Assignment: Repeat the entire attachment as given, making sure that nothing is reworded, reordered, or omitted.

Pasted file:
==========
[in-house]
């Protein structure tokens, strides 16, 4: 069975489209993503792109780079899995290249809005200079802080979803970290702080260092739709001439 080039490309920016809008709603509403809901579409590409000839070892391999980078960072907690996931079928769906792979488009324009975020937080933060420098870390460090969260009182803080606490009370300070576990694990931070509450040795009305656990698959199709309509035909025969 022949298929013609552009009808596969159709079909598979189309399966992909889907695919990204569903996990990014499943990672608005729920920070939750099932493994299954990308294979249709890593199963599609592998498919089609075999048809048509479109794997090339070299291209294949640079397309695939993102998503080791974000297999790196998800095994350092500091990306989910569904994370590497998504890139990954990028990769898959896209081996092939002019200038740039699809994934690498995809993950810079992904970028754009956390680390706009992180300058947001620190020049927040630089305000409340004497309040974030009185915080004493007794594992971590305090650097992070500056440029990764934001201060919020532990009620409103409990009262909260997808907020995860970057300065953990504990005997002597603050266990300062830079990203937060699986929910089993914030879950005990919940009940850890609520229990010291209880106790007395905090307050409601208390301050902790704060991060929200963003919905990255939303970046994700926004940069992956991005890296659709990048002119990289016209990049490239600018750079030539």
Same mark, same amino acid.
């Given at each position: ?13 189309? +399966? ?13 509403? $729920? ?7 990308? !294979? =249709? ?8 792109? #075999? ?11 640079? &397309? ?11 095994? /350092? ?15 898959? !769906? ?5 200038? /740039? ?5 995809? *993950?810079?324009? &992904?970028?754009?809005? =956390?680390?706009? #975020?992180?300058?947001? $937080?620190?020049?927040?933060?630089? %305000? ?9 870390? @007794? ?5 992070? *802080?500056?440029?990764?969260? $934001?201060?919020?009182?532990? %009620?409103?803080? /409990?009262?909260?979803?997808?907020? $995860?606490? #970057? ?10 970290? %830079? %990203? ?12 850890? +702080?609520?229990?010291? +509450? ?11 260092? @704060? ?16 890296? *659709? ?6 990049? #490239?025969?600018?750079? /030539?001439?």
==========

[in-house]
């Protein structure tokens, strides 16, 4: 069975489209993503792109780079899995290249809005200079802080979803970290702080260092739709001439 080039490309920016809008709603509403809901579409590409000839070892391999980078960072907690996931079928769906792979488009324009975020937080933060420098870390460090969260009182803080606490009370300070576990694990931070509450040795009305656990698959199709309509035909025969 022949298929013609552009009808596969159709079909598979189309399966992909889907695919990204569903996990990014499943990672608005729920920070939750099932493994299954990308294979249709890593199963599609592998498919089609075999048809048509479109794997090339070299291209294949640079397309695939993102998503080791974000297999790196998800095994350092500091990306989910569904994370590497998504890139990954990028990769898959896209081996092939002019200038740039699809994934690498995809993950810079992904970028754009956390680390706009992180300058947001620190020049927040630089305000409340004497309040974030009185915080004493007794594992971590305090650097992070500056440029990764934001201060919020532990009620409103409990009262909260997808907020995860970057300065953990504990005997002597603050266990300062830079990203937060699986929910089993914030879950005990919940009940850890609520229990010291209880106790007395905090307050409601208390301050902790704060991060929200963003919905990255939303970046994700926004940069992956991005890296659709990048002119990289016209990049490239600018750079030539």
Same mark, same amino acid.
């Given at each position: ?13 189309? +399966? ?13 509403? $729920? ?7 990308? !294979? =249709? ?8 792109? #075999? ?11 640079? &397309? ?11 095994? /350092? ?15 898959? !769906? ?5 200038? /740039? ?5 995809? *993950?810079?324009? &992904?970028?754009?809005? =956390?680390?706009? #975020?992180?300058?947001? $937080?620190?020049?927040?933060?630089? %305000? ?9 870390? @007794? ?5 992070? *802080?500056?440029?990764?969260? $934001?201060?919020?009182?532990? %009620?409103?803080? /409990?009262?909260?979803?997808?907020? $995860?606490? #970057? ?10 970290? %830079? %990203? ?12 850890? +702080?609520?229990?010291? +509450? ?11 260092? @704060? ?16 890296? *659709? ?6 990049? #490239?025969?600018?750079? /030539?001439?």